Aren’t you sick tired of it sometimes? I for sure am. It’s been a long time in the fitness industry, people telling how they had a great workout and then pour loads of numbers on you – sets, reps, poundage/kilos lifted etc. But when you actually go and see them train, you cringe at their form and movement. I have notices similar occurrence in martial/combative circles, especially related to the solo training sessions…hundreds of punches, kicks, breakfalls…whatever. Even partner drilling is too often based around the notion of “X repetitions one side, then switch and X reps the other”.
The humankind’s obsession with its own technological advances got really perverted, to the degree where we are trying to imitate the machines we had made. Hence my disdain for the above terms like “industry” when used in certain phrases. Nowadays everything is about quantity, to the expense of quality. But it should not be. After all, in the martial training we strive (well, we should) for the technical proficiency, as it is the aspect that enables the grace and flow that puts the ART in the martial art paradigm. Yes, I still believe the effectiveness should come first, but it has never meant that efficiency is not important. Quite to the contrary.
Let us think for just a brief moment, who are typically the people whose performance provides inspiration for so many of us in the fighting “universe”? Is there anyone out there who sincerely believes that the likes of Muhammad Ali, Kyuzo Mifune, Rickson Gracie and other greats of their ilk had become that by the sheer amount of their training? No, they did not just train more (if they did train more than their rivals at all), but they sure did train better!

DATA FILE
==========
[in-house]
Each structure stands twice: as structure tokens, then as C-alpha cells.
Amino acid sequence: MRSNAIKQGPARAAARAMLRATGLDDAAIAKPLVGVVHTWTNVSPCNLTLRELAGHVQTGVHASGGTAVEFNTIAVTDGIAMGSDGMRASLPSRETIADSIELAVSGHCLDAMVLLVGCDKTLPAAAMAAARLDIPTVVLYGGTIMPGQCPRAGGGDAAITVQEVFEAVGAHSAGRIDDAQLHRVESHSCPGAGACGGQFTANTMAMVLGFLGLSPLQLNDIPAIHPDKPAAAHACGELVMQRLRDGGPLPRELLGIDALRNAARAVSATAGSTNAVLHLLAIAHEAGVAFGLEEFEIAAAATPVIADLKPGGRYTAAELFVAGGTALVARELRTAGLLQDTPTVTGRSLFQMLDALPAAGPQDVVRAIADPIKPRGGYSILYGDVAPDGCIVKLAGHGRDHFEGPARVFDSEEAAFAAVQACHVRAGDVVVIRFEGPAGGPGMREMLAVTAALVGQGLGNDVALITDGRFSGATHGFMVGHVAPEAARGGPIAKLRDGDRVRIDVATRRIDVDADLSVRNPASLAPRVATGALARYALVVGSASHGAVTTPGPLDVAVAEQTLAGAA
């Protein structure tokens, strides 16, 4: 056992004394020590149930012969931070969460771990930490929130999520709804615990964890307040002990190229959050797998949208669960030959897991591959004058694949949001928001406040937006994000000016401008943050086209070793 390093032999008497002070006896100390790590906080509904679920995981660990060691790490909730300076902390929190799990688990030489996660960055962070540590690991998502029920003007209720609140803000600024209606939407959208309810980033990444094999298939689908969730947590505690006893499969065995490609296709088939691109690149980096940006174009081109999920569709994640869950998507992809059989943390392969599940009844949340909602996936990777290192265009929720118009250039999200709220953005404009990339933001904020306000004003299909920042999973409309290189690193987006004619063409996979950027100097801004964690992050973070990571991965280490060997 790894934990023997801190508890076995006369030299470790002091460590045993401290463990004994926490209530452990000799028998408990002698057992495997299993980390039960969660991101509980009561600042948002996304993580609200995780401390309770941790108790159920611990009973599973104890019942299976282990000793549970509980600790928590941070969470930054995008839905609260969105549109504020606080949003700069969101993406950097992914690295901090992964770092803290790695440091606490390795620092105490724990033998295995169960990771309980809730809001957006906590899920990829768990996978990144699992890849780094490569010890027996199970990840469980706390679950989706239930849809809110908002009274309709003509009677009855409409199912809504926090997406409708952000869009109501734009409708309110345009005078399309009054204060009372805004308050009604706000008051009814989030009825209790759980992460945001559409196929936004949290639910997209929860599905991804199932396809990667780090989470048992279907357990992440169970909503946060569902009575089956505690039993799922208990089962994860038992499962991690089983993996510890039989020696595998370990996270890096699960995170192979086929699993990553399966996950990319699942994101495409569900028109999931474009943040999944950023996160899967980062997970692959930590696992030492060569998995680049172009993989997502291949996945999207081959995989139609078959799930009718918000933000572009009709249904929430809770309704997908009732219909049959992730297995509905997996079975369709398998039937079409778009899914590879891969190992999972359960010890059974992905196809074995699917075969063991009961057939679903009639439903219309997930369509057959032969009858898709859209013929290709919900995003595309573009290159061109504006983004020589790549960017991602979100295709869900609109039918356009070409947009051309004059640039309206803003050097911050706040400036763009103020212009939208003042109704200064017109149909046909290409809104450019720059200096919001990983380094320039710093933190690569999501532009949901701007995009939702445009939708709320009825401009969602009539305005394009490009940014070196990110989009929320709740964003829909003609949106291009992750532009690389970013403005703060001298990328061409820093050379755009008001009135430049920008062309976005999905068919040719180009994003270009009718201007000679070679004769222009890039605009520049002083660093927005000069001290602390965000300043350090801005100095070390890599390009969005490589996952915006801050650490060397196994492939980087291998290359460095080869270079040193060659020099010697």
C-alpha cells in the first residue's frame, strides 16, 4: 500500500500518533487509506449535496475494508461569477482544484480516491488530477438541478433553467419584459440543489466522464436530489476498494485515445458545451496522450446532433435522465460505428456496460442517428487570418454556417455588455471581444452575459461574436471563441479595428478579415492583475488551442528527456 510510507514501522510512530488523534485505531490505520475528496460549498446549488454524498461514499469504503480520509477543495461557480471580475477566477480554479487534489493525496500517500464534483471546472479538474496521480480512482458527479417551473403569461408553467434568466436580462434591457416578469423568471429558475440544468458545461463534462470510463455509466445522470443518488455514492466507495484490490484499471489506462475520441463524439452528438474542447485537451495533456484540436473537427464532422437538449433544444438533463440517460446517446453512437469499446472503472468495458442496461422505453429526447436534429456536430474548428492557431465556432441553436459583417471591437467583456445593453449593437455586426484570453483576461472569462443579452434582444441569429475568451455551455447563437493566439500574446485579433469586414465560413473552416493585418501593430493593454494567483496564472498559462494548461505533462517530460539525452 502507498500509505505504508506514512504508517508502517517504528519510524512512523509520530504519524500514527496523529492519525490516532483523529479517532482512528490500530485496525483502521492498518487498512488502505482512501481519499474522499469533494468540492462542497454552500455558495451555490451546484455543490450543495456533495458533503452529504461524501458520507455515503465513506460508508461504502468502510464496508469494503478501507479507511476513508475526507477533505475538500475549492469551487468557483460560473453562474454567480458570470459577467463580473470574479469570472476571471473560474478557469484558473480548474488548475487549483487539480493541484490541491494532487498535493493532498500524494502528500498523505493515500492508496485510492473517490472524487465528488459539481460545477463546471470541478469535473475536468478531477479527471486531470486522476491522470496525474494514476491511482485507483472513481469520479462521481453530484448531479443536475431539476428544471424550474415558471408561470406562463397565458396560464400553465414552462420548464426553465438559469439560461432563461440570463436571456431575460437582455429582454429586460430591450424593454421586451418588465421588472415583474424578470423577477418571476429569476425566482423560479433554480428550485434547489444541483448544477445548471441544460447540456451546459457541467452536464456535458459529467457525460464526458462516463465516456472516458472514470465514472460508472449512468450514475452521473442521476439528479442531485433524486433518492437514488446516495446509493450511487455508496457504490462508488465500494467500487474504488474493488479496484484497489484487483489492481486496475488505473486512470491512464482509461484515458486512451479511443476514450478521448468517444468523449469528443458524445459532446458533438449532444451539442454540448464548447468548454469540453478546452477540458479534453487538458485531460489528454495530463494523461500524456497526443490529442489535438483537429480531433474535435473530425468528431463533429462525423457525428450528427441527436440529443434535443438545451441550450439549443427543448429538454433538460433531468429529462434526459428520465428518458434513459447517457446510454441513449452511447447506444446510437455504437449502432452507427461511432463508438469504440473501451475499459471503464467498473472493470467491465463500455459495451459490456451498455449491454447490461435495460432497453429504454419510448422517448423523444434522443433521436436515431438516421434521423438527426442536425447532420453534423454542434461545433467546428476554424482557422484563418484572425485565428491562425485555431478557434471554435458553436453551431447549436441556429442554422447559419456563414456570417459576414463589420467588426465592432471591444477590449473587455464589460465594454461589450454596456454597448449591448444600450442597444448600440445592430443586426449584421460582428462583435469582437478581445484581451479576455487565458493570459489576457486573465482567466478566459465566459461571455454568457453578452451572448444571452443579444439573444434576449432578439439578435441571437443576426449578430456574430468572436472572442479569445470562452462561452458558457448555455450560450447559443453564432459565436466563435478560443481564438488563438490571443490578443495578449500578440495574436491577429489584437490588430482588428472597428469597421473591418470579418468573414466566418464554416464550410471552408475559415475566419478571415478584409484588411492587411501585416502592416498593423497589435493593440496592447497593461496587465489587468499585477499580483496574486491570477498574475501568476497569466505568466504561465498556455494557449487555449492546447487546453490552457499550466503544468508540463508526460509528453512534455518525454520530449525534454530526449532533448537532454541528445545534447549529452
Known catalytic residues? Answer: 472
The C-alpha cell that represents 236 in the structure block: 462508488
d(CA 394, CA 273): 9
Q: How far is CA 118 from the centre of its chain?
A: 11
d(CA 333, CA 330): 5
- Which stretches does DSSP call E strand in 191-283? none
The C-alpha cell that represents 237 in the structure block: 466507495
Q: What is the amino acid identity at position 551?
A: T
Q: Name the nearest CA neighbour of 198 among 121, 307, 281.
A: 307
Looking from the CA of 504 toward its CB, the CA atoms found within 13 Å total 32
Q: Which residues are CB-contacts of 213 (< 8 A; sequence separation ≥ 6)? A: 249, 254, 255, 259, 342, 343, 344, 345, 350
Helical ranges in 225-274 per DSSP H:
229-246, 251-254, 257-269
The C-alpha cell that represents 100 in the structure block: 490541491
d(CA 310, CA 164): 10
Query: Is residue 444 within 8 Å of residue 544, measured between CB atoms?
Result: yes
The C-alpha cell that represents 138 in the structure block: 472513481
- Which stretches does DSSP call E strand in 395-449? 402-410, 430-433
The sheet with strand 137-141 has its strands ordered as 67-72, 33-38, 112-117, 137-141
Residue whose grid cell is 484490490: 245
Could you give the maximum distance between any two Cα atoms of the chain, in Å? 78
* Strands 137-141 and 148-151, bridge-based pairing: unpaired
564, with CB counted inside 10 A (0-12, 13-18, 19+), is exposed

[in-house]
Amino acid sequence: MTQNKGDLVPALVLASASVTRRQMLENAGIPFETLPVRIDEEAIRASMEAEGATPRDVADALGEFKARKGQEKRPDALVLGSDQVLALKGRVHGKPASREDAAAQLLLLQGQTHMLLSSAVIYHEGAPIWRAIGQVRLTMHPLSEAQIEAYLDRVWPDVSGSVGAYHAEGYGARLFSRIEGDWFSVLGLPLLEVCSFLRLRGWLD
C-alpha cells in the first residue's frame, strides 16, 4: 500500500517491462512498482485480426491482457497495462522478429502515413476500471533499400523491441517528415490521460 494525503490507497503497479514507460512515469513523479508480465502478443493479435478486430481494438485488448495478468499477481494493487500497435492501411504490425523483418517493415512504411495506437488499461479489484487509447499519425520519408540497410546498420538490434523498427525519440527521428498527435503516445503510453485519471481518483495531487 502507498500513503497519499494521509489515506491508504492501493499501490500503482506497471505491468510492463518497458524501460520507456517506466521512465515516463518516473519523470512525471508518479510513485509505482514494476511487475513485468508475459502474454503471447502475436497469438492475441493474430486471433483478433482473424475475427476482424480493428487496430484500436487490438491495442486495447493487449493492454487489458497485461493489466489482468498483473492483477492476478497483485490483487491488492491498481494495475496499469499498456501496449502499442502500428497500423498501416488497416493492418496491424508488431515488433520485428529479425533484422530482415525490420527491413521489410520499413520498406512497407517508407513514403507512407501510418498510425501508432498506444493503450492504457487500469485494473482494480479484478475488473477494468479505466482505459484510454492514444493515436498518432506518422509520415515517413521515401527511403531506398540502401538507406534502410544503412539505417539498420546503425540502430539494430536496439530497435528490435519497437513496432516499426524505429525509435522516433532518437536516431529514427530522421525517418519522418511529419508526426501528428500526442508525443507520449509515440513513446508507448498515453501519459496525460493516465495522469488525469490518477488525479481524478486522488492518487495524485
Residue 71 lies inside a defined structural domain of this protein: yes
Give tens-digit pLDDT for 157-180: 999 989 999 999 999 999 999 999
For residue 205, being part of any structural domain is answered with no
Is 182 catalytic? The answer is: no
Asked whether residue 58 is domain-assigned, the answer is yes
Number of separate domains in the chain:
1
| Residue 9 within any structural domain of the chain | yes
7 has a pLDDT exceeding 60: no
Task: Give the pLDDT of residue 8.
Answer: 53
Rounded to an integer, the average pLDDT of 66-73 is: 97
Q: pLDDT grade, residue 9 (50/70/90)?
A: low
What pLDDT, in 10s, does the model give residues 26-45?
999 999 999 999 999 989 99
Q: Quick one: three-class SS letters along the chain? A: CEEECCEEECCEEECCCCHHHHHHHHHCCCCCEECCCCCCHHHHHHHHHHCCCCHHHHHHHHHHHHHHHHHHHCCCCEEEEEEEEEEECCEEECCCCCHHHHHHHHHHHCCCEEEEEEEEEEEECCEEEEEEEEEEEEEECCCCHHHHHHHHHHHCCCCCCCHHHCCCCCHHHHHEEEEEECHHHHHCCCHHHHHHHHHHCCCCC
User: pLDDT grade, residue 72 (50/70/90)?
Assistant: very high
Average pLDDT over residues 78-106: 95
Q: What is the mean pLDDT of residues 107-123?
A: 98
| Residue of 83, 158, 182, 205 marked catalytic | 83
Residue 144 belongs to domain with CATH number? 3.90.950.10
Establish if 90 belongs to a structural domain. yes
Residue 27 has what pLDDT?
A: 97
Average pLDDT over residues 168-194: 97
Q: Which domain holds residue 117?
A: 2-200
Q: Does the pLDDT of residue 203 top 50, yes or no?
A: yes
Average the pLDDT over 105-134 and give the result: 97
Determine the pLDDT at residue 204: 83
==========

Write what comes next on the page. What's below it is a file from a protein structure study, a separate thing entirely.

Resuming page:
Take a look at the previous video and tell me if Rickson seems even remotely concerned about the numbers – reps, miles, sets, rounds – or is it more about the quality of what he does? Well, if one is in this for the long run, then we better follow his lead.
OK, so how to make sure you train well, not just a lot? Obviously, it demands presence and focus during the sessions. In order to maintain the necessary level of concentration, start by doing your activity (drills, techniques, forms) for time periods/rounds and not preset number repetitions. Go as slow as needed to prevent technical degradation. Make the rounds short and alternate between the rounds of two or three unrelated skills. This sort of interleaved practice keeps the nervous system operating better, thus yielding the better retention in the long run.
Next, be sure that everybody involved in the training understand that resistance does not equal competition, and that you can’t win a drill. Training partners are there to help each other grow by presenting challenge, not to impede one another by boosting the ego. It is possible to training both hard and smart at the same time.
Making periodical video footage of you training sessions does not only provide great feedback regarding the potential flaws and problems to work on, but also motivation when comparing the progress made over the course of months or years. This is particularly handy in those schools and systems that do not use those extrinsic “measures” such as belts, grades etc.
Don’t get me wrong, there are times when “hard facts” rule, and our training needs to be as precisely measurable as possible, but for crying out loud, do not let statistics take over your life, because numbers and papers will never be more important than people.